Do you dream of the Seven Sisters of Sandnessjøen? A visit to Rabothytta near Mo i Rana, Torghatten in Brønnøysund, or climbing the Via Ferrata in Mosjøen? Well, what are you waiting for? Widerøe’s Fly & Hike takes you straight to Helgeland—a hiker’s paradise!
Perhaps you’ve seen lovely photos from hikes on Instagram and Facebook, but dismissed it as too inaccessible? Good news! Hiking in Helgeland is much more accessible than you think. You can fly to no less than four airports in Helgeland where you can simply strap on your backpack and start your hike pretty much as soon as your feet hit the tarmac. We call this concept Fly & Hike. With just a few days or a free weekend you can climb some of Norway’s most popular peaks and treat yourself to once-in-a-lifetime views. Widerøe flies to Brønnøysund, Sandnessjøen, Mosjøen and Mo i Rana. All of these destination offer spectacular outdoor experiences.
Practical information on flying and hiking in Helgeland
Widerøe have routes throughout Norway from Kristiansand in the far south to Kirkenes in the far north east. Most of the planes are propeller planes with lower capacity than the big jets, making it easier for them to land in communities with only small runways. For more information on flying to Helgeland specifically, Widerøe have a dedicated page to travelling within the region.
If hiking is your main aim for the trip then from June to the end of September conditions should be good. Of course the weather is unpredictable, with most hikes in Helgeland being along the coastal zone, therefore always take with you clothes for all weathers. Conditions can still be good even into October, however autumn brings with it more chance of windy and wet weather before the snow sets in during November.
Visit Helgeland have a great webpage with all the information you could possible need.
Torghatten is the mountain with a hole right through it
Brønnøysund’s legendary mountain has always served as a navigational marker for sailors. And no wonder, there is no mistaking its characteristic shape and the famous hole through the centre. The hole, or tunnel, may look small from afar, but it’s actually 160 metres long, 25 metres wide and 15 metres high.
The hike up is less strenuous than many fear, and there are several different trail options. There is also a trail to the top of the mountain, but this is more challenging and only suited for experienced hikers.
Torghatten is located 14 km from Brønnøysund Airport, and you can take a taxi, rent a car or bike there.
The Rabot Cabin is potentially Norway’s most beautiful
The Rabot Cabin is not like other tourist cabins, at least judging by the architecture. The cabin is actually an attraction in its own right, located 1200 m above sea level, with two chimneys shaped like the two peaks behind it, Okstindan. The cabin, designed by renowned architecture firm Jarmind & Vigsnæs, opened in 2014. It is named after French explorer and glaciologist Charles Rabot. The Rabot Cabin is 200 sq. m and sleeps 30.
The Rabot Cabin has a lot of unique features, but the greatest ones are outside its windows—the spectacular scenery. Staying at the cabin is truly the icing on the cake. In this location and with these large windows, you’ll feel like you’re outside even when you’re not. Fly to Mo i Rana Airport, or Mosjøen Airport. Whichever one you choose, you’ll need a rental car.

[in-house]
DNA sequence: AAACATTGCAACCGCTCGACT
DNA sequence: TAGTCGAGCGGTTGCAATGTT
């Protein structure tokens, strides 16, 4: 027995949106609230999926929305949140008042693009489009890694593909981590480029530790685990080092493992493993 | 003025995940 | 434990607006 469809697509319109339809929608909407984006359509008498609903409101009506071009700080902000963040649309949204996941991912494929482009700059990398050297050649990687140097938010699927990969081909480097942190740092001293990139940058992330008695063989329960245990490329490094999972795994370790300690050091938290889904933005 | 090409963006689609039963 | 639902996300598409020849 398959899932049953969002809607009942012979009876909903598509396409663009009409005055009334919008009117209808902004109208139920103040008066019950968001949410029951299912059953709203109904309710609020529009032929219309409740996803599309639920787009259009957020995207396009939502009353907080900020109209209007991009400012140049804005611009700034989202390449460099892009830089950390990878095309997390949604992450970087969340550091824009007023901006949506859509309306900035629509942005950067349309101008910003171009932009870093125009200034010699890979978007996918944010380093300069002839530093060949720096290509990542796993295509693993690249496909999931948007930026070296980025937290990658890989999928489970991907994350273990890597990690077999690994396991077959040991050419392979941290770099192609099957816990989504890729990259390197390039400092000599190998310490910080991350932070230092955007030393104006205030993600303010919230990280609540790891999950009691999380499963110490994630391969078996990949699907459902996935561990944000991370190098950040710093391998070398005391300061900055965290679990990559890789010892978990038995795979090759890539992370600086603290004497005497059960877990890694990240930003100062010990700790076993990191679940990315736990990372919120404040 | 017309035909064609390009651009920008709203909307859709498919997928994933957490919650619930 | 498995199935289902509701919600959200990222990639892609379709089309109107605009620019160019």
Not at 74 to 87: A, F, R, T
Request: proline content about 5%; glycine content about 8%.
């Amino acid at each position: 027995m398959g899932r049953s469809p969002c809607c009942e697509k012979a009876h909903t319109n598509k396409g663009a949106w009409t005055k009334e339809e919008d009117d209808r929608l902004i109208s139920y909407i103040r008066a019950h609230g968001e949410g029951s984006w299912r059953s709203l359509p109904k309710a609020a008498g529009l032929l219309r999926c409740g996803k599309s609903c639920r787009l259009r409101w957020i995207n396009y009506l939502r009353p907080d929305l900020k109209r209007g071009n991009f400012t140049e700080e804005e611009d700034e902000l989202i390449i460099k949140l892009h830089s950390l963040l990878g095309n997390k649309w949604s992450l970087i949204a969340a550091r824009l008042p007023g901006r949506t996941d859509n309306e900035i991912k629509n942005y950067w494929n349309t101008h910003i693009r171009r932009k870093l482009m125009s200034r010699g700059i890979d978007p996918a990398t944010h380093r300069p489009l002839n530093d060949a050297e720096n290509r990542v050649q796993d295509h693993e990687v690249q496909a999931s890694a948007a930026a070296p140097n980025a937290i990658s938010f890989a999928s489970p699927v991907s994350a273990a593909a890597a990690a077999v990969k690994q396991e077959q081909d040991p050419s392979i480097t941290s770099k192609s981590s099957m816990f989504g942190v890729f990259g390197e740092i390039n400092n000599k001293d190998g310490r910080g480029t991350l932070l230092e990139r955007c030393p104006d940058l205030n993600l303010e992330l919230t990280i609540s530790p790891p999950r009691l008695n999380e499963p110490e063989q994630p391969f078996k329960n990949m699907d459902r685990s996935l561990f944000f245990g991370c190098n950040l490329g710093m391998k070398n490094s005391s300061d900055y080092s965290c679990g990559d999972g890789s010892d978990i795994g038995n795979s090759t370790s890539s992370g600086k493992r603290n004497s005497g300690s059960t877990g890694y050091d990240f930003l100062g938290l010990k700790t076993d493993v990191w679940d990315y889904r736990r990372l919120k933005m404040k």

The hike up is 1.5 to 2 hours, and somewhat less down. The hike is relatively easy and suitable for hikers of all ages.
Hike some or all of the Seven Sisters, for 360 degree views
It doesn’t matter which sister you decide to take, the views will always be spectacular. 360 degrees! For the most athletic and ambitious it is possible to climb all seven in a single day (the record is 3 hours and 43 minutes!), but most people settle for a peak or three. After all, you need time to take photos, enjoy the view and eat your lunch. Remember to keep your phone fully charged, photo ops come like pearls on a string.
From Sandnessjøen Airport it’s only a few kilometres to Søvik, where the ascent to the southern peaks begins. So hop in a taxi or rent a bike, either way you can begin your hike in mere minutes.
Once you’ve climbed a peak or two, you should also take the time to see the sisters from afar. The views are great from Dønna or Herøy outside Sandnessjøen. How about renting a bike and ride across Dønna via Herøy and back to the city? Or, if your thighs can take it after climbing the Sisters climbing Dønnamannen and viewing the Sisters from its peak?
Challenge yourself with Norway’s northernmost Via Ferrata!
Øyfjellet in Mosjøen now offers more breezy adventures than ever before. In 2017, a 400-metre long climbing route, which takes you 600 metres up to the top with the help of steel cables, rungs, ladders and bridges. The term Via Ferrata is Italian and means “iron path”. It describes a protected climbing route with permanent anchors and safety equipment.
This route in Øyfjellet has guided tours and you will be provided with all necessary safety equipment. Climbers must be 12 years old or older and the climb is suitable for people who are reasonably fit.
Øyfjellet also has two other popular routes, Trongskaret and Helgelandstrappa, and you can read more about all your hiking options. As if that’s not enough, you can take the Zip line from Øyfjellet and straight down into the city centre.
Mosjøen Airport is located just 5 kilometres from the city centre and its mountain, so you’ll be on the ferrata before you know it!